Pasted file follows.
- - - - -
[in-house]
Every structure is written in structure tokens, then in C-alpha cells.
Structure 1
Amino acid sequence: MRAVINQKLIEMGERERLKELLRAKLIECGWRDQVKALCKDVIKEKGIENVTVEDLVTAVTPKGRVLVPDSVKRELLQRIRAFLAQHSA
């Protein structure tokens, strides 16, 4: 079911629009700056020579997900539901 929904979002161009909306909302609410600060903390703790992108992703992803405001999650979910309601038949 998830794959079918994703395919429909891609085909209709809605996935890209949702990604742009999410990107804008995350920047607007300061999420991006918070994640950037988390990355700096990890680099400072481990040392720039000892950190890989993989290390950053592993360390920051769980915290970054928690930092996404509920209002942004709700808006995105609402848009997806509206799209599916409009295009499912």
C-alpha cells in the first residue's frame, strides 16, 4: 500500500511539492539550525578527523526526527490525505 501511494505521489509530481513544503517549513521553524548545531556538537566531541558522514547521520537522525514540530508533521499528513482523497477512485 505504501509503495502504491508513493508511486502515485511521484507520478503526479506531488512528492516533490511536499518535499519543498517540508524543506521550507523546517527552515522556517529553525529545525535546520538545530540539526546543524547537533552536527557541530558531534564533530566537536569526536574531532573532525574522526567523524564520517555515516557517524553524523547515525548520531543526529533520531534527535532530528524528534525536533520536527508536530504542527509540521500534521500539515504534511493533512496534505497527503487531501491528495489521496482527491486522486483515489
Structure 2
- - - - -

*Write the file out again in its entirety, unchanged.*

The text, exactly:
[in-house]
Every structure is written in structure tokens, then in C-alpha cells.
Structure 1
Amino acid sequence: MRAVINQKLIEMGERERLKELLRAKLIECGWRDQVKALCKDVIKEKGIENVTVEDLVTAVTPKGRVLVPDSVKRELLQRIRAFLAQHSA
């Protein structure tokens, strides 16, 4: 079911629009700056020579997900539901 929904979002161009909306909302609410600060903390703790992108992703992803405001999650979910309601038949 998830794959079918994703395919429909891609085909209709809605996935890209949702990604742009999410990107804008995350920047607007300061999420991006918070994640950037988390990355700096990890680099400072481990040392720039000892950190890989993989290390950053592993360390920051769980915290970054928690930092996404509920209002942004709700808006995105609402848009997806509206799209599916409009295009499912």
C-alpha cells in the first residue's frame, strides 16, 4: 500500500511539492539550525578527523526526527490525505 501511494505521489509530481513544503517549513521553524548545531556538537566531541558522514547521520537522525514540530508533521499528513482523497477512485 505504501509503495502504491508513493508511486502515485511521484507520478503526479506531488512528492516533490511536499518535499519543498517540508524543506521550507523546517527552515522556517529553525529545525535546520538545530540539526546543524547537533552536527557541530558531534564533530566537536569526536574531532573532525574522526567523524564520517555515516557517524553524523547515525548520531543526529533520531534527535532530528524528534525536533520536527508536530504542527509540521500534521500539515504534511493533512496534505497527503487531501491528495489521496482527491486522486483515489
Structure 2